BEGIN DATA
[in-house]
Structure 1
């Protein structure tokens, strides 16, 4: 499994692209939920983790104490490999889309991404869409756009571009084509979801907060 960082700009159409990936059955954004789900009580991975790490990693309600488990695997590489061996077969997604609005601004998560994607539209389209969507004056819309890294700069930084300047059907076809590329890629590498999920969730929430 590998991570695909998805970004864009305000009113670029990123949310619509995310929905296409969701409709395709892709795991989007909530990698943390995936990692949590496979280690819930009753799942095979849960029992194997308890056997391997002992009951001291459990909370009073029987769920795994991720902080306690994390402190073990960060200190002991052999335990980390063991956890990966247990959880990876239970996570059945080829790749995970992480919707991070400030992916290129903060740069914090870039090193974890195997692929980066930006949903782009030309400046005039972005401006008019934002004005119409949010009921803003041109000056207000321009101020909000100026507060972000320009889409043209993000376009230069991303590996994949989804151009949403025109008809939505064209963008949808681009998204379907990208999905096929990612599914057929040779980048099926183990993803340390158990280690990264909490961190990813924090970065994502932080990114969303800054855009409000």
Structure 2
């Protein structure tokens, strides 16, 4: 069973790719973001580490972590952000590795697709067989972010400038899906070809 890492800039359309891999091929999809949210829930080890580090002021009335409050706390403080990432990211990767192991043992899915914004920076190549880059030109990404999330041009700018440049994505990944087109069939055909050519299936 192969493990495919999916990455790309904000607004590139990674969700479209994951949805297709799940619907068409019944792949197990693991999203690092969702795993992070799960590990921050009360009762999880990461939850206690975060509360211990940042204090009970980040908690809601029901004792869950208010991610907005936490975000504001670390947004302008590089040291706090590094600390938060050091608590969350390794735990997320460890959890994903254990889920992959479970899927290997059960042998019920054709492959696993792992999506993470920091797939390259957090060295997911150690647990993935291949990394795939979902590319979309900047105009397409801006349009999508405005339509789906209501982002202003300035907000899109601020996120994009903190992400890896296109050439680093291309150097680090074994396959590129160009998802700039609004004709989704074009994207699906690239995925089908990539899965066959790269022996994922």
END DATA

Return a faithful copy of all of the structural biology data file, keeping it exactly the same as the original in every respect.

[in-house]
Structure 1
């Protein structure tokens, strides 16, 4: 499994692209939920983790104490490999889309991404869409756009571009084509979801907060 960082700009159409990936059955954004789900009580991975790490990693309600488990695997590489061996077969997604609005601004998560994607539209389209969507004056819309890294700069930084300047059907076809590329890629590498999920969730929430 590998991570695909998805970004864009305000009113670029990123949310619509995310929905296409969701409709395709892709795991989007909530990698943390995936990692949590496979280690819930009753799942095979849960029992194997308890056997391997002992009951001291459990909370009073029987769920795994991720902080306690994390402190073990960060200190002991052999335990980390063991956890990966247990959880990876239970996570059945080829790749995970992480919707991070400030992916290129903060740069914090870039090193974890195997692929980066930006949903782009030309400046005039972005401006008019934002004005119409949010009921803003041109000056207000321009101020909000100026507060972000320009889409043209993000376009230069991303590996994949989804151009949403025109008809939505064209963008949808681009998204379907990208999905096929990612599914057929040779980048099926183990993803340390158990280690990264909490961190990813924090970065994502932080990114969303800054855009409000």
Structure 2
């Protein structure tokens, strides 16, 4: 069973790719973001580490972590952000590795697709067989972010400038899906070809 890492800039359309891999091929999809949210829930080890580090002021009335409050706390403080990432990211990767192991043992899915914004920076190549880059030109990404999330041009700018440049994505990944087109069939055909050519299936 192969493990495919999916990455790309904000607004590139990674969700479209994951949805297709799940619907068409019944792949197990693991999203690092969702795993992070799960590990921050009360009762999880990461939850206690975060509360211990940042204090009970980040908690809601029901004792869950208010991610907005936490975000504001670390947004302008590089040291706090590094600390938060050091608590969350390794735990997320460890959890994903254990889920992959479970899927290997059960042998019920054709492959696993792992999506993470920091797939390259957090060295997911150690647990993935291949990394795939979902590319979309900047105009397409801006349009999508405005339509789906209501982002202003300035907000899109601020996120994009903190992400890896296109050439680093291309150097680090074994396959590129160009998802700039609004004709989704074009994207699906690239995925089908990539899965066959790269022996994922």